The federal Juvenile Justice and Delinquency Prevention Act, or JJDPA, tries to protect young people by requiring officials to avoid holding them in the same jail or prison as adults. The law prohibits states from keeping young people in the same jail or prison as adults for more than six hours (or 24 hours in rural areas), whether they are waiting to see a judge, to be “booked,” or are serving a sentence after being convicted. The purpose of the JJDPA is to prevent minors, or juveniles, from dangers like abuse or suicide, which are more likely to occur if imprisoned alongside adults.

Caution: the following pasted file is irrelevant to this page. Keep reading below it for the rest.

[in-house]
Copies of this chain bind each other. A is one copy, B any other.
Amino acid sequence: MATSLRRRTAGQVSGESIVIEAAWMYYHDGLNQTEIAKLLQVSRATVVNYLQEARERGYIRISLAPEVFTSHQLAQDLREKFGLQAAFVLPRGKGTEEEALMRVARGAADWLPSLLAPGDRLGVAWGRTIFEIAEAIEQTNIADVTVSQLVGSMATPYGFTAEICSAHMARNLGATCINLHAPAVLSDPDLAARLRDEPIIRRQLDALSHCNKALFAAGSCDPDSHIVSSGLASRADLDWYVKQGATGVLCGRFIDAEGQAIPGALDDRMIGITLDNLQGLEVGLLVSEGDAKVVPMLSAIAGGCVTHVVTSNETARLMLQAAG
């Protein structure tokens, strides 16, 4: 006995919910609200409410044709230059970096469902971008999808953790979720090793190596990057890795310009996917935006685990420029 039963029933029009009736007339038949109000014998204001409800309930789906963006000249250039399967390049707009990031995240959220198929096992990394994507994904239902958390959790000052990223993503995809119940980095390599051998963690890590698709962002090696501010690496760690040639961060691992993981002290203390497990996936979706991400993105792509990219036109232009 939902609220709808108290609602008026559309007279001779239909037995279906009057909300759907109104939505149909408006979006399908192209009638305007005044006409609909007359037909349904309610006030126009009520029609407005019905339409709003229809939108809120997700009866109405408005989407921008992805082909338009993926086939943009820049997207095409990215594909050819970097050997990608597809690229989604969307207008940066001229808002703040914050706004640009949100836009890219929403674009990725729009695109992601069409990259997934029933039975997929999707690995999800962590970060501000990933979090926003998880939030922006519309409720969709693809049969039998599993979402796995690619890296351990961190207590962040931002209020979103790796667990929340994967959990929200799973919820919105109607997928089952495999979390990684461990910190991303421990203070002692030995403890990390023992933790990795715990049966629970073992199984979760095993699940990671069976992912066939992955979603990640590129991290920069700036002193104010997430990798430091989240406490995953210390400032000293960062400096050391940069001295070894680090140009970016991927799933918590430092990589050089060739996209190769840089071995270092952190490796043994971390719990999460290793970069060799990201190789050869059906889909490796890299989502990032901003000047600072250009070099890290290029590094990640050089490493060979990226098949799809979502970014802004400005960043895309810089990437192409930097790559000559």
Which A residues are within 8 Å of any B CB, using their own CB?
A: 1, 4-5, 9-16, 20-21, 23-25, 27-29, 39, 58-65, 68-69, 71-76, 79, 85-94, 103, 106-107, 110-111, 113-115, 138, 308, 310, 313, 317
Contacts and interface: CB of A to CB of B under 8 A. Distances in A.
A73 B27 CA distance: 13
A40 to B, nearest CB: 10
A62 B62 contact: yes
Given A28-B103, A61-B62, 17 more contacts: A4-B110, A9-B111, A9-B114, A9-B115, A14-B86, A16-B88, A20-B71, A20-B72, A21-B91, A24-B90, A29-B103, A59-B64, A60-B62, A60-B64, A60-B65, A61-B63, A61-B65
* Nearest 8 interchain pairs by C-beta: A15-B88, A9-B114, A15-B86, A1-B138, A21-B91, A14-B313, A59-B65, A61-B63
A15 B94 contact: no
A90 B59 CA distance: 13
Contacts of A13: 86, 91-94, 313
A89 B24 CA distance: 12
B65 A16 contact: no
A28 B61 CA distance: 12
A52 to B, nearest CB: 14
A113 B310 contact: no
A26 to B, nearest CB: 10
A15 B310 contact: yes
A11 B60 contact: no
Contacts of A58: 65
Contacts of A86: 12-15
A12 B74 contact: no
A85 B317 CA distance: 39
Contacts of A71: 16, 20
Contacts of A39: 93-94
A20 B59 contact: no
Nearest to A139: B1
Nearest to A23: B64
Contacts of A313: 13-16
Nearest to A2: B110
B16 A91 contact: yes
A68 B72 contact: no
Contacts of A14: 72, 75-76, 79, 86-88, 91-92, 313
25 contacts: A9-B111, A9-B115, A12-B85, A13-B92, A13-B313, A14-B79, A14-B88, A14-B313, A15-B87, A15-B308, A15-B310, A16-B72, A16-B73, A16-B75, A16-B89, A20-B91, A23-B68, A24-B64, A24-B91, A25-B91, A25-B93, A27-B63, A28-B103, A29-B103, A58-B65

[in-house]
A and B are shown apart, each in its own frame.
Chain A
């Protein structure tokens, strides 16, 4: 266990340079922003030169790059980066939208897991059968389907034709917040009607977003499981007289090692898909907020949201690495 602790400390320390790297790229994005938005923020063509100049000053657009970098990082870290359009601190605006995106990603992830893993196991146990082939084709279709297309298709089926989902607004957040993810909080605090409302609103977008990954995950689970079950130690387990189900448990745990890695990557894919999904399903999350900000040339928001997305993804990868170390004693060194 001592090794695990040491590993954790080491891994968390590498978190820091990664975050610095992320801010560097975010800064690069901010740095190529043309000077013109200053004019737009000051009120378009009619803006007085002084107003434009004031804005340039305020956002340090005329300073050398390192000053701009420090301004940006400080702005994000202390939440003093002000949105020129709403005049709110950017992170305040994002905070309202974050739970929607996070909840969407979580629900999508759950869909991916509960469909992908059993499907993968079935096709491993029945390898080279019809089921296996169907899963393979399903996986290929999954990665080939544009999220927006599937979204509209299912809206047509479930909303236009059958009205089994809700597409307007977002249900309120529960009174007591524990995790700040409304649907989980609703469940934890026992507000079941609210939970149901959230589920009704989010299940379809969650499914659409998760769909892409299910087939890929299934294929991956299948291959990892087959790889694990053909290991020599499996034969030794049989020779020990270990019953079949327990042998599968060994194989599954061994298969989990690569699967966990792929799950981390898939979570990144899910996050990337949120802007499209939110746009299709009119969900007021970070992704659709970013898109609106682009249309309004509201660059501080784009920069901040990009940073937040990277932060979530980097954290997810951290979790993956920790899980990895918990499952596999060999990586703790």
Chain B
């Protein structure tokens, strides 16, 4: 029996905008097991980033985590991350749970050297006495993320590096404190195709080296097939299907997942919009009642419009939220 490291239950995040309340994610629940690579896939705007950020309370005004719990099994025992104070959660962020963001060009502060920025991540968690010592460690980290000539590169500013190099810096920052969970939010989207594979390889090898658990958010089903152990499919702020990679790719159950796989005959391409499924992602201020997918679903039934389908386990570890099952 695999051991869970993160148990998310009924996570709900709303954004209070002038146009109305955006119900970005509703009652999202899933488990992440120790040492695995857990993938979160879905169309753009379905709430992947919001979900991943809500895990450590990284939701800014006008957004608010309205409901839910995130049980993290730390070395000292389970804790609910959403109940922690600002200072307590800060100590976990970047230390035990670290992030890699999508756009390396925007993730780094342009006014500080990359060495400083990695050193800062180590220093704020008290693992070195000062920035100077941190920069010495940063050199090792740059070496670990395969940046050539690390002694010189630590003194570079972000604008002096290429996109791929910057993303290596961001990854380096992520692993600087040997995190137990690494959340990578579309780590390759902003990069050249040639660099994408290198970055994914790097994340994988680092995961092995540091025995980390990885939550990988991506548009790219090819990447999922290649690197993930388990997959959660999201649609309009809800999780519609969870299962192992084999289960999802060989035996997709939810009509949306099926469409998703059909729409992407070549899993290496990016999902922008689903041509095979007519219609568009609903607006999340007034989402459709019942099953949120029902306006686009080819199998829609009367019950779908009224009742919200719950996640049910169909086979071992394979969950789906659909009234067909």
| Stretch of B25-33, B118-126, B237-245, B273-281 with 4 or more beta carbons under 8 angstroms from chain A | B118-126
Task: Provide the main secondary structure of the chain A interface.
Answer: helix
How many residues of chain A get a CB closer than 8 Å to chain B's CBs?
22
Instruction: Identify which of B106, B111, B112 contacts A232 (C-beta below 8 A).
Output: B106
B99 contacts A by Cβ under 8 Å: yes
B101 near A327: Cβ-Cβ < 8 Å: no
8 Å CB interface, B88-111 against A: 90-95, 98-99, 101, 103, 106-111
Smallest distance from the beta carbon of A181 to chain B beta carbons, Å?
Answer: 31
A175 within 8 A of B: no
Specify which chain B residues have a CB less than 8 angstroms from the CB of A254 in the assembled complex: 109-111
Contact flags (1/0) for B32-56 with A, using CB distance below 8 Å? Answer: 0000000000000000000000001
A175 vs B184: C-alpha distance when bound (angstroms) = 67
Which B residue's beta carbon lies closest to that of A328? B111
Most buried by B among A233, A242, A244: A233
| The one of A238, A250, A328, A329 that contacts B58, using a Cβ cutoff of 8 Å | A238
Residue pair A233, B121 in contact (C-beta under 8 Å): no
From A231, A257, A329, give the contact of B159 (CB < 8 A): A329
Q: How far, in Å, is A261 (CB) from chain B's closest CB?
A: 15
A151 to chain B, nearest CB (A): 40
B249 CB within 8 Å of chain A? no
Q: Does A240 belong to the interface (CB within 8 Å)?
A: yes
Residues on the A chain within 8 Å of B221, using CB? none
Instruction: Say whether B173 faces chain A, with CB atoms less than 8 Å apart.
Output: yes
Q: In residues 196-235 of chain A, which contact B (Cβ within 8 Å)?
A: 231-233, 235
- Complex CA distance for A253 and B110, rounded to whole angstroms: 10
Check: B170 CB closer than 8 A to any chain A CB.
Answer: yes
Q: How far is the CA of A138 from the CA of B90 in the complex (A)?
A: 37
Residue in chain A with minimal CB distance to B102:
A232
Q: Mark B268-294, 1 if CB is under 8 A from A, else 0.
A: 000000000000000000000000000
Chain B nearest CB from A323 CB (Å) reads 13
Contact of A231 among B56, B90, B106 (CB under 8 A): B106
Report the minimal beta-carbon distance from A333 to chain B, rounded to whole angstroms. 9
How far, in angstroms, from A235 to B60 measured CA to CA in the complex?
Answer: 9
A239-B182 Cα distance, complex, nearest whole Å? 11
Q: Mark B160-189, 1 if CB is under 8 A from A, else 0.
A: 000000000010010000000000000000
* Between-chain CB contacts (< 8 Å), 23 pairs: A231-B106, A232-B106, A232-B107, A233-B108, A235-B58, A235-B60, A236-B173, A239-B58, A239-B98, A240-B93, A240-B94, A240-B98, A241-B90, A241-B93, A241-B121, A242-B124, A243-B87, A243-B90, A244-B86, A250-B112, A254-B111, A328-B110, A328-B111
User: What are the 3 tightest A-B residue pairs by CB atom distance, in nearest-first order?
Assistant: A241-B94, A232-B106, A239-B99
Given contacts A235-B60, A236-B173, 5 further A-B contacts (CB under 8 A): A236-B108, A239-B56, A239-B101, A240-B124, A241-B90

In the past several years, however, Maryland jails and prisons have violated the JJDPA requirement several times, according to The Daily Record. In 2009, for example, 287 separate violations occurred, in which young people were kept in adult facilities for more than six hours.